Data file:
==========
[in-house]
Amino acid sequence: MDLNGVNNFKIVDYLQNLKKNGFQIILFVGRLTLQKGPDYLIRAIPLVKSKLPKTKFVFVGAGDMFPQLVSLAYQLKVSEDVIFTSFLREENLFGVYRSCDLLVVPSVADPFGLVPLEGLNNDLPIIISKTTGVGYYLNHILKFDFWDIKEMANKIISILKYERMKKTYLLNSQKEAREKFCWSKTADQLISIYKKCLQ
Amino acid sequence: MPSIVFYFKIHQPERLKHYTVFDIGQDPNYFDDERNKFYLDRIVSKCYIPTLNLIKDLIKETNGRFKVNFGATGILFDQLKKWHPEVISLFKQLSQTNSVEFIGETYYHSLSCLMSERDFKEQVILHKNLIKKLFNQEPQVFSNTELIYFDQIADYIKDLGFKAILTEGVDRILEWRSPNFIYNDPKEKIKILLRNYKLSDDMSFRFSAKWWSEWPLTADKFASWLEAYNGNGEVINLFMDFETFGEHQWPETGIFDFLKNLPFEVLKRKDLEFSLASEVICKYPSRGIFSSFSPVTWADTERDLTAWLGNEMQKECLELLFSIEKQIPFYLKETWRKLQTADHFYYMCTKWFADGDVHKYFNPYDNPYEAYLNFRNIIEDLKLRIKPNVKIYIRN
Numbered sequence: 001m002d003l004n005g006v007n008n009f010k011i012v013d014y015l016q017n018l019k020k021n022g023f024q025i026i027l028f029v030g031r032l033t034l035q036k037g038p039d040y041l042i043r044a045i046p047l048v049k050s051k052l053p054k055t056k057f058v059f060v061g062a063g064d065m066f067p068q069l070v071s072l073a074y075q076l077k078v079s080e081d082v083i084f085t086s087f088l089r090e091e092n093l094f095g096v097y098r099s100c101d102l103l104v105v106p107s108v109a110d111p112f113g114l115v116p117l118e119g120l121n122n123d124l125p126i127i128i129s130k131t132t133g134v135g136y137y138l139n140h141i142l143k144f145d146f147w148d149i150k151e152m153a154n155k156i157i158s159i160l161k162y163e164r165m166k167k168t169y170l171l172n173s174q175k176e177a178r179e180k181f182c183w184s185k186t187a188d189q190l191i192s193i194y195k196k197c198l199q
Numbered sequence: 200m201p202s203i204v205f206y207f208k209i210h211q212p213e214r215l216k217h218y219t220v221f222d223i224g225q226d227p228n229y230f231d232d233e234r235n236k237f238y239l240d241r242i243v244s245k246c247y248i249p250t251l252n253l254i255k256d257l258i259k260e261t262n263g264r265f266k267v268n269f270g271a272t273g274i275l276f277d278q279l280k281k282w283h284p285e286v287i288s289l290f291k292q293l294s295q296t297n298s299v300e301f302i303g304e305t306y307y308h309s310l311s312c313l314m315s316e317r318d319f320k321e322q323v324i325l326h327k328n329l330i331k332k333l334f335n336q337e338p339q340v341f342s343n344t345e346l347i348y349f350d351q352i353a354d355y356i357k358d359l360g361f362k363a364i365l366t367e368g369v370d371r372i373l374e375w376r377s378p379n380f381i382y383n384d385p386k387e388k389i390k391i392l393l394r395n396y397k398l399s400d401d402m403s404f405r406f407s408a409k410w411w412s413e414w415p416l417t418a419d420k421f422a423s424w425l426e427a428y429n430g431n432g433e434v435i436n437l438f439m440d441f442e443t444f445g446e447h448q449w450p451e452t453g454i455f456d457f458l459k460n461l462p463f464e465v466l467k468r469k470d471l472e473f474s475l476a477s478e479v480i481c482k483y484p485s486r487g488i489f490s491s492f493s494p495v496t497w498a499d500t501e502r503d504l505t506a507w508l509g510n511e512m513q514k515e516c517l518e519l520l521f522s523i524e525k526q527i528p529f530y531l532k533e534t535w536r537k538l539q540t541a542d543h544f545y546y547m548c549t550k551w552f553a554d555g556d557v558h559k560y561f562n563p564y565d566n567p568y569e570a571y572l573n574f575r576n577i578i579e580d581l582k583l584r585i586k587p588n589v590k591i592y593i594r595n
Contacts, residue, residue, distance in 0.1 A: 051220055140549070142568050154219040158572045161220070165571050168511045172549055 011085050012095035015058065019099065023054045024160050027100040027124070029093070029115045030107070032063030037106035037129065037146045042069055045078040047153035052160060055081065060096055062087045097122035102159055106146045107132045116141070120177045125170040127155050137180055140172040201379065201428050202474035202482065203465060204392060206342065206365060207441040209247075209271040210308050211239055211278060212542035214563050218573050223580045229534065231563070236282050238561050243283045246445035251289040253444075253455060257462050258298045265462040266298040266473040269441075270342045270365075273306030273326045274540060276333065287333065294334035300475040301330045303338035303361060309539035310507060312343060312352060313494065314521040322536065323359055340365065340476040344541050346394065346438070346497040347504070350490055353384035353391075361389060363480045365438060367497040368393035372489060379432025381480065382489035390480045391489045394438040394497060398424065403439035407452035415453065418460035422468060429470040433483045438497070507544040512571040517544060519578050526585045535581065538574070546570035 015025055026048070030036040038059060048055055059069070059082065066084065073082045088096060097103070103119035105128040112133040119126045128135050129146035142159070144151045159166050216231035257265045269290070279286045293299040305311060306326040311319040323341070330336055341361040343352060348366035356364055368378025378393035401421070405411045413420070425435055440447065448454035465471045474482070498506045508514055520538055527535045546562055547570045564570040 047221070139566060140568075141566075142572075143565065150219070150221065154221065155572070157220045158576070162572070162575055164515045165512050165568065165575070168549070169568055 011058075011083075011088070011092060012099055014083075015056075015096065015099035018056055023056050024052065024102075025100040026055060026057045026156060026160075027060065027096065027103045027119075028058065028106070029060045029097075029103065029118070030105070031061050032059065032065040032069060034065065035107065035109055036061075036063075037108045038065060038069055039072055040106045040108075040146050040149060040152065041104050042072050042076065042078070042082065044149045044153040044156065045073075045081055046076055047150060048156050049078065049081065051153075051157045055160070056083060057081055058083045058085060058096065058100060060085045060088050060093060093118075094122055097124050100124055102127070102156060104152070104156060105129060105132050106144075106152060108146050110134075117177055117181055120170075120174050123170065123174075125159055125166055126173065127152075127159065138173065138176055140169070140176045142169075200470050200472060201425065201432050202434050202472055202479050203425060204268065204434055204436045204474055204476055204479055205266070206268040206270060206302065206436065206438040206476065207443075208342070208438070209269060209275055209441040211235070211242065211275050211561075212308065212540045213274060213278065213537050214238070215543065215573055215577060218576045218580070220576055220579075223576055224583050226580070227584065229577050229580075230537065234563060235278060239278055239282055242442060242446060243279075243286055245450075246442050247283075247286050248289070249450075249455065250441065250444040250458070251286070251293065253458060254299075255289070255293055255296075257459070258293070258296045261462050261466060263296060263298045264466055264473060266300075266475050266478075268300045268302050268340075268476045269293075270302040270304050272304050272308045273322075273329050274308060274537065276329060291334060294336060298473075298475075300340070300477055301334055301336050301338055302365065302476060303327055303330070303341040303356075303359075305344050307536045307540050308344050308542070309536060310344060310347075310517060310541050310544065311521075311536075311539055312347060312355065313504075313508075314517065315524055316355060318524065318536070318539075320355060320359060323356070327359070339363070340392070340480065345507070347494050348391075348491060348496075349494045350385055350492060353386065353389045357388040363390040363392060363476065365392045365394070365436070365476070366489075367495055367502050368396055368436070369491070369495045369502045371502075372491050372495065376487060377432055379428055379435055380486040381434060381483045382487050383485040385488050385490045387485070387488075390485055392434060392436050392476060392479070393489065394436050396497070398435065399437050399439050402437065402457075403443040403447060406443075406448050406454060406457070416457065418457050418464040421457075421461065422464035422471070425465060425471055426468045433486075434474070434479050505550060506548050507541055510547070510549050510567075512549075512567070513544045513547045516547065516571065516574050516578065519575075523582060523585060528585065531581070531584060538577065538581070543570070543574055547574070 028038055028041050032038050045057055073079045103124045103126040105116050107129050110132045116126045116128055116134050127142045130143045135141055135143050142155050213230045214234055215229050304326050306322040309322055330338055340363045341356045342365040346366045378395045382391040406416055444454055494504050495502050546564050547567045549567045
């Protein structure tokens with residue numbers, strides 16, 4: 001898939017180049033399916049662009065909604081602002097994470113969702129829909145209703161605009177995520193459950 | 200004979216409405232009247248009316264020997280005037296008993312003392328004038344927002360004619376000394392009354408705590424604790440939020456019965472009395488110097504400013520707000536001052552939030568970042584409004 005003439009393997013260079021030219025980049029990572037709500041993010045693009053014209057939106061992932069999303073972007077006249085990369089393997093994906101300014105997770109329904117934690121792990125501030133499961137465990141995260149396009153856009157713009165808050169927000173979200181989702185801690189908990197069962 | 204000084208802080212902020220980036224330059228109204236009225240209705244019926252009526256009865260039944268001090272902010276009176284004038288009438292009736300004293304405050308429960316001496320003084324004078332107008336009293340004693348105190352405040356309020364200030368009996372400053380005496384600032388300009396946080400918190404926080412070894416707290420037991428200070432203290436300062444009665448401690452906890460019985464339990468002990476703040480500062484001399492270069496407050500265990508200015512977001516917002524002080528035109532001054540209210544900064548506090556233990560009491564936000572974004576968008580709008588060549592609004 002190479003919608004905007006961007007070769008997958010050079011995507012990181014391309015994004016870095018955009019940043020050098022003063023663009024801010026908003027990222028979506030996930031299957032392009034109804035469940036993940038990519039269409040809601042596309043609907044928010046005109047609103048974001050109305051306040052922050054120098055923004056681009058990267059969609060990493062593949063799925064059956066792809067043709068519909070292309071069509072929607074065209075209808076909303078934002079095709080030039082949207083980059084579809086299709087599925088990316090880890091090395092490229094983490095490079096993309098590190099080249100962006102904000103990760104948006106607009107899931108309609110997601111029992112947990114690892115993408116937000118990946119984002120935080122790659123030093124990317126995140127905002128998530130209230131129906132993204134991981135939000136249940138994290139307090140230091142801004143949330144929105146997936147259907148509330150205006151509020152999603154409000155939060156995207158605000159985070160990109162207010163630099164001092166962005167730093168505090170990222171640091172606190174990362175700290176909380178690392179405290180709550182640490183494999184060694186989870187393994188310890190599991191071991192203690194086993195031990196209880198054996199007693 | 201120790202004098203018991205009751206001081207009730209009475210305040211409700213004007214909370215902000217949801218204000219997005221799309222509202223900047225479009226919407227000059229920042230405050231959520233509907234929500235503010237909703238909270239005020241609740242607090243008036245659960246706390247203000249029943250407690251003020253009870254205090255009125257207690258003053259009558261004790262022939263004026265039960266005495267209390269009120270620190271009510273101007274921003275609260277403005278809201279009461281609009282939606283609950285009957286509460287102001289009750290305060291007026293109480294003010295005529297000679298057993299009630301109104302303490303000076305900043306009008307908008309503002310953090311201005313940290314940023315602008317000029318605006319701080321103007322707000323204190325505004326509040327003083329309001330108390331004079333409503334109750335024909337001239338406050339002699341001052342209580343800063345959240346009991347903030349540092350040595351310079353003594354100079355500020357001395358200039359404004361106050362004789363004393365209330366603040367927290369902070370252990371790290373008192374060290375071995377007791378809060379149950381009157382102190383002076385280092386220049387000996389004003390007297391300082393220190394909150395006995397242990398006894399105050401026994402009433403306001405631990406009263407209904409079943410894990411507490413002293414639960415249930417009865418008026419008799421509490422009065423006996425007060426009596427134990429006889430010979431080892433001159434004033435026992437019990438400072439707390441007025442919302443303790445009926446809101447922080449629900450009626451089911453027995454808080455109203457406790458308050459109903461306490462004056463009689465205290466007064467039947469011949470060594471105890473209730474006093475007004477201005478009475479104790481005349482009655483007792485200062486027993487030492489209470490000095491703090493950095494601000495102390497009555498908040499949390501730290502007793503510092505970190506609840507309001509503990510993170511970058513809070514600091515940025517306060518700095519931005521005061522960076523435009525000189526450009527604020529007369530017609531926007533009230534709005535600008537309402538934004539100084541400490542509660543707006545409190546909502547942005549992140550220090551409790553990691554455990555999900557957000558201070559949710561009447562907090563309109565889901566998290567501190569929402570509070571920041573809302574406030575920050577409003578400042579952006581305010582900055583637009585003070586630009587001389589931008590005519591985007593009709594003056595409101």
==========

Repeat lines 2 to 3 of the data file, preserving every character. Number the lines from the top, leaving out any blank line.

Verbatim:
Amino acid sequence: MDLNGVNNFKIVDYLQNLKKNGFQIILFVGRLTLQKGPDYLIRAIPLVKSKLPKTKFVFVGAGDMFPQLVSLAYQLKVSEDVIFTSFLREENLFGVYRSCDLLVVPSVADPFGLVPLEGLNNDLPIIISKTTGVGYYLNHILKFDFWDIKEMANKIISILKYERMKKTYLLNSQKEAREKFCWSKTADQLISIYKKCLQ
Amino acid sequence: MPSIVFYFKIHQPERLKHYTVFDIGQDPNYFDDERNKFYLDRIVSKCYIPTLNLIKDLIKETNGRFKVNFGATGILFDQLKKWHPEVISLFKQLSQTNSVEFIGETYYHSLSCLMSERDFKEQVILHKNLIKKLFNQEPQVFSNTELIYFDQIADYIKDLGFKAILTEGVDRILEWRSPNFIYNDPKEKIKILLRNYKLSDDMSFRFSAKWWSEWPLTADKFASWLEAYNGNGEVINLFMDFETFGEHQWPETGIFDFLKNLPFEVLKRKDLEFSLASEVICKYPSRGIFSSFSPVTWADTERDLTAWLGNEMQKECLELLFSIEKQIPFYLKETWRKLQTADHFYYMCTKWFADGDVHKYFNPYDNPYEAYLNFRNIIEDLKLRIKPNVKIYIRN